Everyone who knows me knows that I tend to involve myself in a wide variety of subjects. At no time has this been more true than since I took up farming. Here is just a few of the trades I had to embody this weekend:
Mechanic. A long series of minor problems with my ancient Troy-Built tiller culminated in a badly worn drive belt. I located one of the few remaining official Troy-Built repair locations a mere 15 miles away and purchased new belts and some replacement parts for worn and/or missing parts of my tiller. Actually replacing those parts ended up involving some fairly major mechanical work.
Metalsmith. Some of those replacement parts were almost, but not quite, as ancient as my tiller. During that time difference, they changed some elements of the cast iron chassis. Using the newer parts involved reshaping parts of that heavy iron. I don’t have a metal shop on the premises, but my trusty Dremel tool was up to the task.
Carpenter. The warm weather and advanced bloom of the many wildflowers has been a boom for our bees. Their two-story hive is already full to the brim with larvae, pollen, and honey, and the blackberries haven’t even begun to bloom. So, I had to add more stories onto the hive. I bought a “second-year bee kit” that contained two more hive boxes and the equipment needed to begin processing raw comb honey. However, unlike last year’s “beginning bee kit”, the hive boxes and frames that hang inside of them did not come assembled. So, after quite a few hours of drilling, nailing, and painting, the bees now have the room they need to make plenty of wonderful honey for us.
Software Developer. We have taken on the task of operating the the farmers’ co-op we belong to. The previous managers did a lot of the accounting using a horribly designed (yet oddly popular) and overly complicated professional accounting software package. I did not want to follow in those particular footsteps, so I wrote into the website’s on-line ordering system the routines necessary to duplicate most of those tasks. Taking the time now to wrote some new software will save untold hours down the road.
Salesman. A couple hours this afternoon were spent manning a both at the kick-off to this year’s “GreenFest”, a public-awareness campaign for “green” organizations around the Athens area. We were invited to attend to increase awareness for the co-op, which we did quite well.
Photographer. With all this work getting done, it’s important that I keep it documented for the farm photo of the day.
Veterinarian. Chickens require constant care. They are really quite fragile creatures, especially when they are young. I spent some quality time with one of our young chicks who is “cross-beaked”. Her top beak and bottom beak don’t line up like bird beaks ought; rather, her top beak curves quite a bit to the right. And it’s gotten worse as she’s been growing. But after careful observation, it appears she can still eat and drink just fine, so it is probably only cosmetic. I’m sure the other chicks tease her terribly. We know how children can be.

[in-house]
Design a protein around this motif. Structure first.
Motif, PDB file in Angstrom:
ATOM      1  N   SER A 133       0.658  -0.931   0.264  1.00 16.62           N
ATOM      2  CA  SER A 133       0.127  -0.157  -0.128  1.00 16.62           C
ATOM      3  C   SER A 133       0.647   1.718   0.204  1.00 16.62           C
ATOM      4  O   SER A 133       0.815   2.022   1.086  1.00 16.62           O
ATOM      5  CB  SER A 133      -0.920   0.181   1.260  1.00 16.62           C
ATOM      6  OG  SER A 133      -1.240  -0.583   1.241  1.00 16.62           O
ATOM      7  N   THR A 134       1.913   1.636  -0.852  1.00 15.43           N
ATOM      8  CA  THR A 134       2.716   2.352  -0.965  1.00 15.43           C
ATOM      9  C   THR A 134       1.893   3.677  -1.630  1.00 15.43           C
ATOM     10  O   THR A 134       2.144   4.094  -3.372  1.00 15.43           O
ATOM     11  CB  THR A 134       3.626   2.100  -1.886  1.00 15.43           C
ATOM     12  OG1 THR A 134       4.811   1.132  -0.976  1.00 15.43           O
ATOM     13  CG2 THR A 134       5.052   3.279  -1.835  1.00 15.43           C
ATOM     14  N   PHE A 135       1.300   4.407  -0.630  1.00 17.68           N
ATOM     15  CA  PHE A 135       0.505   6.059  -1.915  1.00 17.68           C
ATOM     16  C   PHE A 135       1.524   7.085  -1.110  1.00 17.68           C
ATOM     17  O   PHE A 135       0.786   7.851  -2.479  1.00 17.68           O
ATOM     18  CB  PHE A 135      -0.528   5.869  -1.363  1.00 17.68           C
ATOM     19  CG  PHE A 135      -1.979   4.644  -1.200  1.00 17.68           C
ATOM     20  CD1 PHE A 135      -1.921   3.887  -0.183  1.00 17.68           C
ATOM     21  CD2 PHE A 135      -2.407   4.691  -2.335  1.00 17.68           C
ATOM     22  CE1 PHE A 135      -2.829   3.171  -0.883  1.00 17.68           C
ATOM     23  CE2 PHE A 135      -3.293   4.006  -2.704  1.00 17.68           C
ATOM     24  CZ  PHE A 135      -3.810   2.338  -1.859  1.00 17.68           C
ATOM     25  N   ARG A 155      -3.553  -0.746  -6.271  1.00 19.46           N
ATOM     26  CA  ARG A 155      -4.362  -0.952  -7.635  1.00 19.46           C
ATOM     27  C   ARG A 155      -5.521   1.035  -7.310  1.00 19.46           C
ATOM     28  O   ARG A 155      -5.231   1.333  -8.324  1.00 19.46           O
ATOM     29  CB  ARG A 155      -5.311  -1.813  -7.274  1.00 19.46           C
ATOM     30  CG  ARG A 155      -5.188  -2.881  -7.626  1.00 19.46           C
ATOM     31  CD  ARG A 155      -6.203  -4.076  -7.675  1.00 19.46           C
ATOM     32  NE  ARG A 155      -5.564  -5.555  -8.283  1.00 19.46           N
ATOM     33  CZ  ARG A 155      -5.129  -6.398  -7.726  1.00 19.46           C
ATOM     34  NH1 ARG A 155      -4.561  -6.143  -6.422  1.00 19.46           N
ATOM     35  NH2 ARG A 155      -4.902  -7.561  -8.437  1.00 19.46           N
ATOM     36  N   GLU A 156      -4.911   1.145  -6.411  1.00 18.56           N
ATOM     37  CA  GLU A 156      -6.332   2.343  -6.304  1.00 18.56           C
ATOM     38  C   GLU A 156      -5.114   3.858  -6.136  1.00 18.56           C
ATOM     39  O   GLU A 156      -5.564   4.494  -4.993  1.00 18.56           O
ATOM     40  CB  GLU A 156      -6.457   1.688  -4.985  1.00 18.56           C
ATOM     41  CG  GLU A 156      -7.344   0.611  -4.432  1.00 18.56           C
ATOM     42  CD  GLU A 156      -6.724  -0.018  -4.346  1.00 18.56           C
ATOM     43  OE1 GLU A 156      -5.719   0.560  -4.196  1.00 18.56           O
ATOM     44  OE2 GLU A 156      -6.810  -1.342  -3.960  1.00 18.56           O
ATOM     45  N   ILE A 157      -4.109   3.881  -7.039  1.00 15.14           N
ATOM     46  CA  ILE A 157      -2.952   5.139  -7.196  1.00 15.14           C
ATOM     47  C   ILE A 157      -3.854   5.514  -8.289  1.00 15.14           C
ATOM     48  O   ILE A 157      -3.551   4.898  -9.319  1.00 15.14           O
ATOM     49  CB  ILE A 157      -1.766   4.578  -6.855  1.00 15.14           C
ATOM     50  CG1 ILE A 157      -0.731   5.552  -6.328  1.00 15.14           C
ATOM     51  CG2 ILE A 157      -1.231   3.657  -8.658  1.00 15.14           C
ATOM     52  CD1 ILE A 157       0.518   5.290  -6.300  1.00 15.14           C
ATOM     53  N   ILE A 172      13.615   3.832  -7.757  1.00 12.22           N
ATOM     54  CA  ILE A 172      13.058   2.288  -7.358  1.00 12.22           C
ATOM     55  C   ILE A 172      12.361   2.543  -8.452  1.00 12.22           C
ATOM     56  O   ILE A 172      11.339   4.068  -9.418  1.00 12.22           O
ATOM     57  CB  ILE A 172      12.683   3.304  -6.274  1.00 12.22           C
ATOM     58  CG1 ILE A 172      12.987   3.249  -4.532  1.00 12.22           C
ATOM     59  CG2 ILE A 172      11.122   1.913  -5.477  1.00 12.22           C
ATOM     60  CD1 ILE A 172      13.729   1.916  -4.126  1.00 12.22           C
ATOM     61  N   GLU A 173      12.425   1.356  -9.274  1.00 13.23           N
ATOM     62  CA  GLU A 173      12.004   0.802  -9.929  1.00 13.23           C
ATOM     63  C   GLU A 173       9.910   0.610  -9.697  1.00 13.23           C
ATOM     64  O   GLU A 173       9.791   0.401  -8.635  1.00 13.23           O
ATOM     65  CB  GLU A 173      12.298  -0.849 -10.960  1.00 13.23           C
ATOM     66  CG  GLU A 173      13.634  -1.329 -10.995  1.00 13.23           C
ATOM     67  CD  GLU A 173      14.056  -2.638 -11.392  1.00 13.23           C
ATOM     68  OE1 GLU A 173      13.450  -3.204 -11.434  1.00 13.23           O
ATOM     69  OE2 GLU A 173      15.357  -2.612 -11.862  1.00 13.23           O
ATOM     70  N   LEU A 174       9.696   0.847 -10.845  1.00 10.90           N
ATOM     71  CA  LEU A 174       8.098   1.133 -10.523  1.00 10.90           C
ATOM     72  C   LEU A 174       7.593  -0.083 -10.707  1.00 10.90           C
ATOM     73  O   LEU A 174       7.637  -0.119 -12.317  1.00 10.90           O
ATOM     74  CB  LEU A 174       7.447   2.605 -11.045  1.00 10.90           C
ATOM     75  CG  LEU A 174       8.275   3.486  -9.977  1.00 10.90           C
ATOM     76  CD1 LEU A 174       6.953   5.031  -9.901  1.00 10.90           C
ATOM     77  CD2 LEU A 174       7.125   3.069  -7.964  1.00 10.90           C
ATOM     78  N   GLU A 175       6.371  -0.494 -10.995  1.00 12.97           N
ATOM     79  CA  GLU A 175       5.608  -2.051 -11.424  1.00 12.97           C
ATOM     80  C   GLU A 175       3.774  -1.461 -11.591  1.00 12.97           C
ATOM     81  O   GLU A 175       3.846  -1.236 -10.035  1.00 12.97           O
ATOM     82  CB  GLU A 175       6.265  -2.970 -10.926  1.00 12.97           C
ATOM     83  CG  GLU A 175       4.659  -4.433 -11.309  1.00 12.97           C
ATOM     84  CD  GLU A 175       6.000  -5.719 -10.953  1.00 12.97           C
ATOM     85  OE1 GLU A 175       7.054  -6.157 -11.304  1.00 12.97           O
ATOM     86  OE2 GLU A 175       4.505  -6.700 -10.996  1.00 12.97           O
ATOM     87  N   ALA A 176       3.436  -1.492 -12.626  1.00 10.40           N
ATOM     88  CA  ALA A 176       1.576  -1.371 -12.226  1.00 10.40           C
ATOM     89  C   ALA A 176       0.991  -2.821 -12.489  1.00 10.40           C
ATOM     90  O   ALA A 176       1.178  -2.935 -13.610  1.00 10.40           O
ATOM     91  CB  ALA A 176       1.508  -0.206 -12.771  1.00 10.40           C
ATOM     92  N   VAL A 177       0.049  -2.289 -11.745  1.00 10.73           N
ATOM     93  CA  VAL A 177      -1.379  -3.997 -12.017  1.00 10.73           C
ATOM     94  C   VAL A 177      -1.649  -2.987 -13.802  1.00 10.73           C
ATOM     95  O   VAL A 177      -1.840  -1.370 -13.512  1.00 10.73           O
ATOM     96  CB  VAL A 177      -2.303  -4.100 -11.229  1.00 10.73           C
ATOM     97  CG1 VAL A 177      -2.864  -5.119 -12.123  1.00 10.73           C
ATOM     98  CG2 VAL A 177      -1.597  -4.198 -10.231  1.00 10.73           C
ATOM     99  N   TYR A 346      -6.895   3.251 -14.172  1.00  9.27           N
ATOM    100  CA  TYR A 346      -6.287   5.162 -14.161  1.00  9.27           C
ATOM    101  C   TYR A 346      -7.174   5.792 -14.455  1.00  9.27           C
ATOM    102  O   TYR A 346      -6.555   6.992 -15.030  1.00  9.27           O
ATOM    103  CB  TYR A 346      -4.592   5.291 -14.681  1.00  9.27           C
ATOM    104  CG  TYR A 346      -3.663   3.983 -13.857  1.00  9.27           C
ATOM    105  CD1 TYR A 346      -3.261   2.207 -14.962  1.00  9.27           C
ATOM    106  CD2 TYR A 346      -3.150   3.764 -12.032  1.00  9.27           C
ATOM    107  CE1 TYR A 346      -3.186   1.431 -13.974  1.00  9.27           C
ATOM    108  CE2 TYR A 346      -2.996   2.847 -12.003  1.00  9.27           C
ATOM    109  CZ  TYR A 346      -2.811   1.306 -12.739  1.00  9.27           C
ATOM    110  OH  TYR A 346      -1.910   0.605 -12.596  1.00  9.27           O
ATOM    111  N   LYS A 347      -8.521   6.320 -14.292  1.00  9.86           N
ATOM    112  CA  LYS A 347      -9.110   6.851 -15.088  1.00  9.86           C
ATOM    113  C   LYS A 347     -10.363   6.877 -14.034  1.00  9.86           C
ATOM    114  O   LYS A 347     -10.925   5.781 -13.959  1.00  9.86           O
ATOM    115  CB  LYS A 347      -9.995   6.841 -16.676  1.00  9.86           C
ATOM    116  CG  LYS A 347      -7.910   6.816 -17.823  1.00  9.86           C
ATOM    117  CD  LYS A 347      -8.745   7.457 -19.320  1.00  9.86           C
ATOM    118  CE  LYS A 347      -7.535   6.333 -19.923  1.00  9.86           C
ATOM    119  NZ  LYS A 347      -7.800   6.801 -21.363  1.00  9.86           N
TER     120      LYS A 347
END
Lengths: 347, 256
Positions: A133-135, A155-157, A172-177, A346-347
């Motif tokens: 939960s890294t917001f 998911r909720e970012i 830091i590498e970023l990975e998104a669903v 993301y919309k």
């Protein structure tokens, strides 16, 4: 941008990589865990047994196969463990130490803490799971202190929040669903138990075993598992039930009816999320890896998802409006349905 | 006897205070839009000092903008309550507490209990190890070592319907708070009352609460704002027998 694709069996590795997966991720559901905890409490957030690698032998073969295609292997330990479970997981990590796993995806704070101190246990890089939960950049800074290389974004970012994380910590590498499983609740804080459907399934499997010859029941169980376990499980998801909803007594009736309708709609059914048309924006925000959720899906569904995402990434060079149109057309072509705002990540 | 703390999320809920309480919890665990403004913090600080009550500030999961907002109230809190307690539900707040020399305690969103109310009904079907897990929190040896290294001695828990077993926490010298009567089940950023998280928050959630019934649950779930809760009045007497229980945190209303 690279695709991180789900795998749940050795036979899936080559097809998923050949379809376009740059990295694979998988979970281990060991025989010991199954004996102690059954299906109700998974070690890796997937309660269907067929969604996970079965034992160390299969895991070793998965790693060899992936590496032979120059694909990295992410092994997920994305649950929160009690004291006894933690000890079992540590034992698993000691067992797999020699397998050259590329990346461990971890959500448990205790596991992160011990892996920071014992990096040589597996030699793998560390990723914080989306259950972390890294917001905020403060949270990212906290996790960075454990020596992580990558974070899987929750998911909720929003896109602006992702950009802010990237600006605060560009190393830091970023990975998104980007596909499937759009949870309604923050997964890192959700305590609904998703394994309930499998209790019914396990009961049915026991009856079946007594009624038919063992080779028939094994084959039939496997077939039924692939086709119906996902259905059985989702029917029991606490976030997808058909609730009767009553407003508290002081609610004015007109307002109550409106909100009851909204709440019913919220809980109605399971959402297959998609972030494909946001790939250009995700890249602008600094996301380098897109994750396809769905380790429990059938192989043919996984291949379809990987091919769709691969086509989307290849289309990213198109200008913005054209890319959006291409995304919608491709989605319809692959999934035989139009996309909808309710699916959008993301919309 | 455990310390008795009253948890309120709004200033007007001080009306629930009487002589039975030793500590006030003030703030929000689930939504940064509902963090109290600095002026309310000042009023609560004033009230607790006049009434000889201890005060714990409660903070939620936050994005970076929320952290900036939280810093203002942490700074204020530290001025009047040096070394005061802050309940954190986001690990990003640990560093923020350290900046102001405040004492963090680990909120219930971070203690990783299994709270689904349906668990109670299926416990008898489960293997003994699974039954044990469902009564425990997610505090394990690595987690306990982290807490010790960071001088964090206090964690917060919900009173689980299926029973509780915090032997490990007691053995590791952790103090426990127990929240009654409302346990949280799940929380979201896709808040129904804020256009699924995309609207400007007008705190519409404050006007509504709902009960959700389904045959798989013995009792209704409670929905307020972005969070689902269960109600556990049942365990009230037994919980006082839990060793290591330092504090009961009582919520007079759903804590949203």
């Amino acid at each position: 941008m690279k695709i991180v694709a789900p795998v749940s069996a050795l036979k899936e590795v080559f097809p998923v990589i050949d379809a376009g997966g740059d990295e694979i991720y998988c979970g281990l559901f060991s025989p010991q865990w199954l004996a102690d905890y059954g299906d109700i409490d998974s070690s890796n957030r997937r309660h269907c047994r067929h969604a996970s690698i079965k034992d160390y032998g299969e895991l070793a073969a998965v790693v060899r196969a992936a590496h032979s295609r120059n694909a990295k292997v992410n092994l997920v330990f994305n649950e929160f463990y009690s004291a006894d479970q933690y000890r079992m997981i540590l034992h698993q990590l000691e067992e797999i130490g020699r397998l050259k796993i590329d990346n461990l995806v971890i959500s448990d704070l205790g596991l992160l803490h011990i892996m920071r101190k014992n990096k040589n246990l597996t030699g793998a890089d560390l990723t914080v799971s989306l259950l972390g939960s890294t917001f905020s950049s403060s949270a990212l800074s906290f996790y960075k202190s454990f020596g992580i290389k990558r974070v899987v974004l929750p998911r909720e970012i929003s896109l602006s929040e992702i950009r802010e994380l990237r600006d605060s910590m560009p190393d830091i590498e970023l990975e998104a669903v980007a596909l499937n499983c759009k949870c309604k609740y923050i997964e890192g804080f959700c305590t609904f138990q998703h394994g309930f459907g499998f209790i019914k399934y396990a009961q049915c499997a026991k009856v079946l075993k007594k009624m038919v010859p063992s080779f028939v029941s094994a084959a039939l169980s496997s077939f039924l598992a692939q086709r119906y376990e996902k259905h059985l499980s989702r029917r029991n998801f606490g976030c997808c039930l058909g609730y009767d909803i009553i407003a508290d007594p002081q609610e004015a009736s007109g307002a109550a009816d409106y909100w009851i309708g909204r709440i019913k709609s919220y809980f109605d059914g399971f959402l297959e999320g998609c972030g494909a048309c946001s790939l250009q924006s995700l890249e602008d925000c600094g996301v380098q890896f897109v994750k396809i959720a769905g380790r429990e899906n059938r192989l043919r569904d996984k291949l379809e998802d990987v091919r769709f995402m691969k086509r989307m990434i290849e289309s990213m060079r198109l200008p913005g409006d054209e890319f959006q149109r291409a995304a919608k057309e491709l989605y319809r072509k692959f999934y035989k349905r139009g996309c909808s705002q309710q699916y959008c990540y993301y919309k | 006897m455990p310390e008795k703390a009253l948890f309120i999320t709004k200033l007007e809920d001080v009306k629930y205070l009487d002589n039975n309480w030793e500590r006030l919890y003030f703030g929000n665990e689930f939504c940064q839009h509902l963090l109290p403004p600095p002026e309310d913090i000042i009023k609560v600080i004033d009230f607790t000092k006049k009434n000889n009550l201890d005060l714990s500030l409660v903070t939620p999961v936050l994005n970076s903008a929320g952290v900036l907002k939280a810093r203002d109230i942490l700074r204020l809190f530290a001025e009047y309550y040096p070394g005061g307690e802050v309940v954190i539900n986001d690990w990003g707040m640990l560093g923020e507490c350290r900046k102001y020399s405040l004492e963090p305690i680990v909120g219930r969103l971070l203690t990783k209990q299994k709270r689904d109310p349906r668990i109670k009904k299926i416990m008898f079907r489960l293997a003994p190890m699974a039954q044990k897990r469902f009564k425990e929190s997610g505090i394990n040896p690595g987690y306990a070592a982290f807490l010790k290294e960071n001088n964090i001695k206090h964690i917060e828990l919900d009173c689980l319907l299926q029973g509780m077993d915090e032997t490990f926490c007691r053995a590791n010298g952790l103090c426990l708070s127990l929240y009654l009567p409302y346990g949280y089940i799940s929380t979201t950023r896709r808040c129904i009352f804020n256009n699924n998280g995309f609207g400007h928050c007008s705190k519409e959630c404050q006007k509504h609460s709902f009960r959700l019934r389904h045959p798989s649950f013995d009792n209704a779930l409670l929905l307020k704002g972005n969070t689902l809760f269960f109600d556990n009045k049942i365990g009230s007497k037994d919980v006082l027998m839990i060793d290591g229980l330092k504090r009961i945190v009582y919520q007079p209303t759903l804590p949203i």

Horticulturalist. Somehow, I still found time to begin another coouple hundred seedlings and transplant several hundred more into the fields.
And that was my weekend. How about yours?
I’ve been chastised for not providing baby news. All is as it should be. As Georgia is one of the few places in the world where both home births and direct-entry midwives (the kind that don’t take their orders directly from an OB) are illegal, we are using the services of a wonderful midwife with a birthing center across the state line in South Carolina. We see her once a month, and everything and everyone is right on course.
I’d show you a pretty picture of the young’un, but we don’t have one. Nor will we. It turns out that for the uninsured, ultrasounds are very expensive. At my wife’s last visit to her OB, we were quoted a figure in the several hundreds of dollars. So — no picture. If you’re wondering about the diagnostic abilities of ultrasounds, there are other ways to “see” everything the picture shows you. So, we haven’t lost out on any knowledge, other than the gender, which we don’t want to know.
Speaking of gender, we’ve entered the realm of Baby Names. I think we’ve settled on a girl’s name (nope, not telling), but boy’s names are much harder.
If we do have a boy, I would like to name him Bartleby, but my wife would prefer not to.
On this, the Ides of March, I’ll share with you the guilty pleasure of the movie Free Enterprise. I found it at a truck stop the other day for a mere $3, and the music video for “No Tears for Ceasar” — a medley of sorts from Bill Shatner’s musical version of Julius Ceasar — was well worth the money. That’s the movie’s character “Bill Shatner”, played by William Shatner. That’s right… he plays a fictional version of himself. And it’s not too over the top, either. If your local truck stop (or video rental place) has a copy, don’t be frightened by the box. It’s rather quite enjoyable!
So what have I been up to the last two weeks? I think this page sums it up quite nicely. Record keeping is key with gardening, and even more so when you’re trying to make a business out of it. What did you plant, when did you plant it, how much did you plant, when will it be ready to harvest, how much did you harvest… keeping up with these questions and answers makes each following year a little bit easier.
Since I’m keeping this information for my own benefit anyway, I figured I might as well let the rest of the world peek in on it, too. So, this page will show in real-time specifically what’s happening on the farm.